Buying individual bonds isn’t as common as it used to be. But it still exists. Other ways to get tax-free bonds is getting them through mutual funds or ETF’s such as HYD a high-yield municipal bond ETF.

Cash Value Life Insurance

The jury is still out on this one for me. It’s tempting to try to invest using cash value life insurance. While there is the chance of returns, it’s important to tread carefully. This type of insurance isn’t always worth it, especially since returns are so low that they rarely beat inflation.

What people don’t realize is that there are several different types of cash value life insurance, e.g.; whole life, variable life, universal life, indexed universal life. All of these operate differently and reading the fine print is imperative.

Other Investments

You can also invest in other assets, like small businesses and real estate. These investments come with their own risks, and you usually need quite a bit of capital. If you don’t want to invest in someone else’s business, you could always invest in yourself by starting your own side hustle.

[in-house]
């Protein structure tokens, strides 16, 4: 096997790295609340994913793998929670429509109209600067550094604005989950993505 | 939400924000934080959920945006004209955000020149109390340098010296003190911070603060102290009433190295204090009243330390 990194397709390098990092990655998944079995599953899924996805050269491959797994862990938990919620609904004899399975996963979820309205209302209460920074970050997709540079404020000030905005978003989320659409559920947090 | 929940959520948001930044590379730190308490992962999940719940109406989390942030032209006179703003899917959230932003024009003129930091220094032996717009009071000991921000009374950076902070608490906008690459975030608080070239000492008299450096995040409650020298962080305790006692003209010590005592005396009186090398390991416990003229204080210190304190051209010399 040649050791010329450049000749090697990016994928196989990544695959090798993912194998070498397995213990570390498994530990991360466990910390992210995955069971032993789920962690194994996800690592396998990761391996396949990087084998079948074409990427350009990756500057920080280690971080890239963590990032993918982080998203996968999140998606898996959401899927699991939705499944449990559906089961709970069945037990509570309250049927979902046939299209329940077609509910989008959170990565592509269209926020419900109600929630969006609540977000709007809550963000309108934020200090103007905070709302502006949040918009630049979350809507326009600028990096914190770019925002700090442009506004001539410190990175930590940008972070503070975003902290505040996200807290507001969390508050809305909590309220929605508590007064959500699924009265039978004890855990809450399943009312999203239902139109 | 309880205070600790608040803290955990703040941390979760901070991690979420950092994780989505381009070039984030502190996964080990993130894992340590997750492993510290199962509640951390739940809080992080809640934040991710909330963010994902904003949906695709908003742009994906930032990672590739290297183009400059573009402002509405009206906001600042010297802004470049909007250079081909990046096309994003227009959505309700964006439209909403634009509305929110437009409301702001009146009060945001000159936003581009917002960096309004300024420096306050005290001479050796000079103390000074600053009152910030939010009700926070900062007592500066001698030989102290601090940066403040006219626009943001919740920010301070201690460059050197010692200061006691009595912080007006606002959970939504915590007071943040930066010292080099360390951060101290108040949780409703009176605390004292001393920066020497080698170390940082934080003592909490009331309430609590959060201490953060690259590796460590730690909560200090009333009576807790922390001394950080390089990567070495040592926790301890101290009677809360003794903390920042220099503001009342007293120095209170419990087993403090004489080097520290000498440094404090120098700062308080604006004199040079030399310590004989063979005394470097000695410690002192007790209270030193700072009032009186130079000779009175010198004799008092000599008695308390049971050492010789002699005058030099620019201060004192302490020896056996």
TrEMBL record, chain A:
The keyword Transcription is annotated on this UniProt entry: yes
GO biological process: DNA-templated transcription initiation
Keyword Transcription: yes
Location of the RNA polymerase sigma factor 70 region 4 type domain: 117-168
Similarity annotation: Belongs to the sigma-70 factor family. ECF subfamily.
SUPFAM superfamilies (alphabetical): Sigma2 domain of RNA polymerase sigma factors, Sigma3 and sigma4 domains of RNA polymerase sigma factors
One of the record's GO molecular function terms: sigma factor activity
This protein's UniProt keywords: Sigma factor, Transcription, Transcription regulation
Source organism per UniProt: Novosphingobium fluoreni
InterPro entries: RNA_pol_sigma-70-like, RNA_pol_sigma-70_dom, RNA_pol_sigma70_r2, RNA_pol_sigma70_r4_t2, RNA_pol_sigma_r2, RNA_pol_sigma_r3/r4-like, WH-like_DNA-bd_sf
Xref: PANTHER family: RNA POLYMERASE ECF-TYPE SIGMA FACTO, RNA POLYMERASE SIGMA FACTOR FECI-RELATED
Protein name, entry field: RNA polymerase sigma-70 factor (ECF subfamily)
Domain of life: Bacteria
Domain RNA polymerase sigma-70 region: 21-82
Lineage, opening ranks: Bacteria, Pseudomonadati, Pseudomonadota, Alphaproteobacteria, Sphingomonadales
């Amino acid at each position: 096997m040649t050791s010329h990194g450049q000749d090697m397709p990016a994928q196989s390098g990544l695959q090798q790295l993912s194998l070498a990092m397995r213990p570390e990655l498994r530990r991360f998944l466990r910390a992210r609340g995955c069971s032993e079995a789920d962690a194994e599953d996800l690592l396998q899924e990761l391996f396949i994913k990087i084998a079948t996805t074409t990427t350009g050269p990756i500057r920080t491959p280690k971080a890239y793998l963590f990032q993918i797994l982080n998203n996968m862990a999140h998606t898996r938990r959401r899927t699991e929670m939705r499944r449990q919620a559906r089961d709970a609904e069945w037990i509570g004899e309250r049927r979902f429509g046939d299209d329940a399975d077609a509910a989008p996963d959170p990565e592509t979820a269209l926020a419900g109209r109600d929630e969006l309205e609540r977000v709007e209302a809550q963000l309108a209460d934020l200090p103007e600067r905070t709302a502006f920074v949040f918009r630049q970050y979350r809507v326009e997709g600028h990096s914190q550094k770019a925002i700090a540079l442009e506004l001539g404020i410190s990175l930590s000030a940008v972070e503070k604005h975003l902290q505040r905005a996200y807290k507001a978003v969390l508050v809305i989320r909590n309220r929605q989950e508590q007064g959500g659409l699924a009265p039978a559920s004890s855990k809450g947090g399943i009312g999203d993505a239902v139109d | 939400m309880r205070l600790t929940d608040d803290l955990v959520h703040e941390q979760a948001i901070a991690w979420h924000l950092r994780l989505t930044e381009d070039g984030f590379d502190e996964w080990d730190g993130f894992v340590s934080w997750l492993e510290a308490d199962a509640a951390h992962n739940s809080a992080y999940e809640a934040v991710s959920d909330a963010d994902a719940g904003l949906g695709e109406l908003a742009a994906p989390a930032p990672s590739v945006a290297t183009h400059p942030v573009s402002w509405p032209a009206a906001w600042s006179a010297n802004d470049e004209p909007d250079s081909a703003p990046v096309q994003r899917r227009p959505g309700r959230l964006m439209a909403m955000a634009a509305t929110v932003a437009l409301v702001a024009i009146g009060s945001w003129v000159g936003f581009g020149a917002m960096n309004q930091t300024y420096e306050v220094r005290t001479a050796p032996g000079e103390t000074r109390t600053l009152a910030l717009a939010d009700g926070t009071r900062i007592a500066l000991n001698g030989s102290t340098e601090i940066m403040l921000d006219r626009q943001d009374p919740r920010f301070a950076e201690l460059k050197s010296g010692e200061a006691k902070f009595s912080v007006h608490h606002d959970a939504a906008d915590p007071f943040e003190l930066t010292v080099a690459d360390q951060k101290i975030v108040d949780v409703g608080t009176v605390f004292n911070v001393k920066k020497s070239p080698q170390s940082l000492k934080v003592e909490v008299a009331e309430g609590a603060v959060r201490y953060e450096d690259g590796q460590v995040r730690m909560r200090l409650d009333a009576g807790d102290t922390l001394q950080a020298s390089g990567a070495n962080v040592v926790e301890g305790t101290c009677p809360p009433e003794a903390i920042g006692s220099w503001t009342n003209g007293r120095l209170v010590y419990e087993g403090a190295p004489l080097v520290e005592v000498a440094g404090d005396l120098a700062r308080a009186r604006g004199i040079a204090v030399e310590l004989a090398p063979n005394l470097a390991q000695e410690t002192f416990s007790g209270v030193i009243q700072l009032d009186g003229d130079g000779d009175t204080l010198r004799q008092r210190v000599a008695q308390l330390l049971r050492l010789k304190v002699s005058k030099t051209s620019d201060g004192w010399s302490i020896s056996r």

I experimented with real estate and realized that it wasn’t my thing. What I found is my thing is starting a blog which has been a nice supplemental income for the past couple of years. The point is there are many different things you can invest into. You just have to find out what works best for you.

All of these investment provide you with the chance to earn money right now. You can use it immediately, for whatever you want. Building a good taxable investment portfolio can provide you with a way to increase your wealth, and your access to assets, without the worry of restrictions on when and how to withdraw your money.